Until last March, nParallel was in the business of making booths, kiosks, stages and other equipment that brings people together at trade shows and conferences.
To survive the COVID-19 outbreak and recession, the Fridley-based company resorted to building dividers, shields and other things to separate and protect people.
"By last March, we had trucks loaded with equipment turn around as conferences canceled," said Don Gonse, an engineer and co-founder of the 18-year-old company. "By April, we were scared that we wouldn't be able to come out of this. We had expenses. We were just watching the burn rate of our cash and wondering when business would come back."
The trade show and convention industry is still quiet.
Gonse and Megan Diamond, the other founding partner of nParallel, credit quick thinking and employees who executed brilliantly for saving the company.
To be sure, employment in 2020 declined from 48 to 32, softened by voluntary departures and rolling furloughs to accommodate parents with kids at home. Revenue declined from $15 million to $10 million.
Still, nParallel, which now brandishes a "beyond trade show" plan for customers, has a future.
"Our business is hit right away in a recession," Diamond said. "We also get back earlier in recovery because our clients need to show their products."
The Expo West natural-foods conference in Anaheim, Calif., canceled last winter, has scheduled its 2021 gathering for late May. NParallel will help clients Post and General Mills there. Other conferences are slowly being scheduled for the second half of 2021.
Diamond and Gonse saw a need by last March for protective equipment. Skilled workers who make and market trade-show furnishings pivoted to acrylic shields and desk dividers out of the same inventory.
"We moved fast last year because we could not survive without ingenuity," Diamond said.
Diamond and Gonse went without paychecks and "utilized all available cash savings in the company to pay wages, rent and other expenses," she said. "Additionally, we restructured personal assets to provide liquidity."
The company also obtained a forgivable, $637,700 loan from the Paycheck Protection Program of the Small Business Administration.
The company maintained health insurance, even for furloughed employees collecting unemployment. Its designers, cutters, carpenters and other veteran laborers make $30-plus an hour.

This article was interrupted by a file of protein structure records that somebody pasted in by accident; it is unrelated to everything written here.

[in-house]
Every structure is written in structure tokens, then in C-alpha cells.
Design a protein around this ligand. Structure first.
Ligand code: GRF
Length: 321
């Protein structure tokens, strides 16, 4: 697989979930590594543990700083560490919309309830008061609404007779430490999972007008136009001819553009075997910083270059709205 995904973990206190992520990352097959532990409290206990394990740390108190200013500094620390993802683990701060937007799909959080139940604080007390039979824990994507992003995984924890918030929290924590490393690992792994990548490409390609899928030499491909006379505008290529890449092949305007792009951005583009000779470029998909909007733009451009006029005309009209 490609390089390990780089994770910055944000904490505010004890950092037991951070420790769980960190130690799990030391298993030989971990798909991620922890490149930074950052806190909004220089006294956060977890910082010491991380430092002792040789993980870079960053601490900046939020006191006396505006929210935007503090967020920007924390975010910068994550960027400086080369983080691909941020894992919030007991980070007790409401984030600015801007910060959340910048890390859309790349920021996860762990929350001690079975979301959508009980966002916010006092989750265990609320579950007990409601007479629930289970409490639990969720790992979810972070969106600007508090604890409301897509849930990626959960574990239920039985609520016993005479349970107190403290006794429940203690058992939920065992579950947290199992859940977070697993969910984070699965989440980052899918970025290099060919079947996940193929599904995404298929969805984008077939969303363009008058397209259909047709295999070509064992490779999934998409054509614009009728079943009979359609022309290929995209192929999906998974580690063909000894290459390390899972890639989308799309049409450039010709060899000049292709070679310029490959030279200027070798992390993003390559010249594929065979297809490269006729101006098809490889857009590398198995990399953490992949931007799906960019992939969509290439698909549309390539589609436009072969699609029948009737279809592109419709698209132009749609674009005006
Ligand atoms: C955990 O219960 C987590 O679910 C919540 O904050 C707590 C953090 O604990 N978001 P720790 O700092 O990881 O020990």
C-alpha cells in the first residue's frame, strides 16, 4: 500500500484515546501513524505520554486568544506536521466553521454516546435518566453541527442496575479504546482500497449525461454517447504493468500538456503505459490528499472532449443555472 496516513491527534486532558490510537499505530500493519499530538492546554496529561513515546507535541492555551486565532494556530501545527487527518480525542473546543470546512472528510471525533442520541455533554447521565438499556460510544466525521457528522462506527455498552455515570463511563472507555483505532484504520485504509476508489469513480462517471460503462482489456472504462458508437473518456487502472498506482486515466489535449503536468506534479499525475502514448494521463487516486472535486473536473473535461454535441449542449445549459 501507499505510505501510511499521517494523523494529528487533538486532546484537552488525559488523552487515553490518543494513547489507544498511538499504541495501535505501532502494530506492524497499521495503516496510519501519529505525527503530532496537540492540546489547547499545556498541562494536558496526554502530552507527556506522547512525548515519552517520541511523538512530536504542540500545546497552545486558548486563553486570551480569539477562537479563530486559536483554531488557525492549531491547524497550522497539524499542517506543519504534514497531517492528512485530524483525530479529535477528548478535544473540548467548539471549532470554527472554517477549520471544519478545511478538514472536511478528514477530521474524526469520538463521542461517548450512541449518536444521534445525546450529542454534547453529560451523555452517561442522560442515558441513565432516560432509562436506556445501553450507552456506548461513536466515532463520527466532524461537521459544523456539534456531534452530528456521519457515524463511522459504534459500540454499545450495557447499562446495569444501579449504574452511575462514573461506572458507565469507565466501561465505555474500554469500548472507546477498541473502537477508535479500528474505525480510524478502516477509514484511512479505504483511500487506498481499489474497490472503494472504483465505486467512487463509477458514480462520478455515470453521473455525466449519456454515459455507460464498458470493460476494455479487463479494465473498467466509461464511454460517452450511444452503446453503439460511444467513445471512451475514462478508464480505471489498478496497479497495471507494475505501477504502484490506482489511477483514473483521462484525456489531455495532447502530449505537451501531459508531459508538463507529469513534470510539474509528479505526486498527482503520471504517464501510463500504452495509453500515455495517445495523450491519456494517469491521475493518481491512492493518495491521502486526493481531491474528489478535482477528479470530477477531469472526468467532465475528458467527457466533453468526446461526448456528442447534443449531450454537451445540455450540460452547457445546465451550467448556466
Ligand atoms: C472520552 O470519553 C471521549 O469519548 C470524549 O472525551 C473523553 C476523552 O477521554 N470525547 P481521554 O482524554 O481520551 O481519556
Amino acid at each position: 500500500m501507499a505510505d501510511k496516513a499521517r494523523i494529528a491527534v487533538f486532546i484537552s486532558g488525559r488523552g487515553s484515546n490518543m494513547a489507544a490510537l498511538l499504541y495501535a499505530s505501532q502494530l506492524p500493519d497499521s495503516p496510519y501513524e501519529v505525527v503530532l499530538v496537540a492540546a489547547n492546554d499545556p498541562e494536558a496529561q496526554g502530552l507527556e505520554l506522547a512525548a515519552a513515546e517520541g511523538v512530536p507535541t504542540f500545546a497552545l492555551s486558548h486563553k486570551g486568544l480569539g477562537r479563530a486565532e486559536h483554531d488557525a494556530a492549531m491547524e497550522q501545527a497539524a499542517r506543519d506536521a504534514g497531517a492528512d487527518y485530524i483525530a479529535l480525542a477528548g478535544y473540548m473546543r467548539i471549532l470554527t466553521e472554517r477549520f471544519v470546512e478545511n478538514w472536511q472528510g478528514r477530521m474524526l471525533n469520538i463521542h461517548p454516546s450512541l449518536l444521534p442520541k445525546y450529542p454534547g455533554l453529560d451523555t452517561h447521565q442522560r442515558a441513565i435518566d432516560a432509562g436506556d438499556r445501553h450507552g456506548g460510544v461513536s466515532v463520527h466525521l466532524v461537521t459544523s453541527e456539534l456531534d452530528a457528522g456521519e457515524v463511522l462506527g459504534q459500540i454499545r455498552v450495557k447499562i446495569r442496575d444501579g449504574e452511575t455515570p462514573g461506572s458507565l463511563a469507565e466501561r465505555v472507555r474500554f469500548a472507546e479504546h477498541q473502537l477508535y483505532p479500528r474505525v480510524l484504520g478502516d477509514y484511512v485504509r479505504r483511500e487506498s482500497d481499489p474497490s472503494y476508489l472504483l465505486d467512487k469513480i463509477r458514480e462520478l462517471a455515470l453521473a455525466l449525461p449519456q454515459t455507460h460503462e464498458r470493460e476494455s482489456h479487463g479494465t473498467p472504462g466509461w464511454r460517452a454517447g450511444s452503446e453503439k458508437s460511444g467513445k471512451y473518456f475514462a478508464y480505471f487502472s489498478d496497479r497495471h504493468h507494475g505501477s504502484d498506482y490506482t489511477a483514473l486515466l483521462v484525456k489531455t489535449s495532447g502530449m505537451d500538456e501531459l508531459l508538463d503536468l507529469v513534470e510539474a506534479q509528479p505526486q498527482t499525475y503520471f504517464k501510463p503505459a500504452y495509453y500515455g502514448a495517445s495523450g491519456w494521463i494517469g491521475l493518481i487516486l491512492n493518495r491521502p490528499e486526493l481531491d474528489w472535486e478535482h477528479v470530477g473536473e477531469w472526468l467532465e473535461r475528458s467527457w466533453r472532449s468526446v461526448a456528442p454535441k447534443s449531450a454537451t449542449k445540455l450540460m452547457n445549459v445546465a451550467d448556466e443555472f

"We relied on our people, expertise, relationships, equipment and inventory," Diamond said.
The first projects included free equipment for Safe Haven women's shelter in Duluth, the Sanneh Foundation in St. Paul and Lift Station for equipment to protect residents, staff and online students.
"We create a temporary experience," Diamond said. "Everything is modular, goes in a crate and is transported. … Amid all of this, it helped us that we could help people in need."
The success of those installations increased confidence and spirit at the company.
"Trade show and corporate event professionals are masters of contingency planning, and if I ever end up on a deserted island, I hope to have a few with me, because they'll whip up a lifeboat with some duct tape and Visqueen," said Travis Stanton, editor of Exhibitor Magazine, in an e-mail statement. "They're scrappy, industrious and inventive, and the best of them will survive this pandemic intact."
Even so, Stanton said his association estimate, based on surveys, that two-thirds of exhibit and event firms have furloughed or dismissed up to 90% of employees. Three-quarters have reduced top-to-bottom compensation and 40% are unsure whether they will survive this year.
Many, including nParallel, have pivoted to protective gear and furnishings.
That ranges from $2,500 "vaccination stations" being pitched to drugstore chains, grocers and health care offices that likely will be vaccinating millions by spring. You can also order online an acrylic shield from nParallel for $29 to $150.
"We've gone from being a business-to-business company to somewhat a business-to-consumer operation thanks to online ordering," Gonse said.
The pivot has changed a company that typically made six- to seven-figure exhibits for trade shows. There's more pop-up kiosks, mobile displays "in a box," mailers and online exhibits.
Diamond, a journalist and marketer by background; and Gonse, a Dunwoody College-trained engineer, once worked together at another event marketer. They are planning conservatively, but with hope.
The demand for COVID-related equipment isn't going away. And work has begun for some clients who plan to exhibit at regional and national trade shows as soon as late May.
"A lot of clients have not showcased their products in a year," Gonse said.
NParallel recently moved from longtime space in Plymouth to a larger, 100,000-square foot facility in Fridley. There's more employee amenities, including a better lounge, fitness center and pingpong tables, and room to grow.
"We expect the back half of 2021 to be good," Gonse said. "But I think it will take until 2022 to get back to where we were in 2019."
Neal St. Anthony has been a Star Tribune business columnist and reporter since 1984. He can be contacted at firstname.lastname@example.org.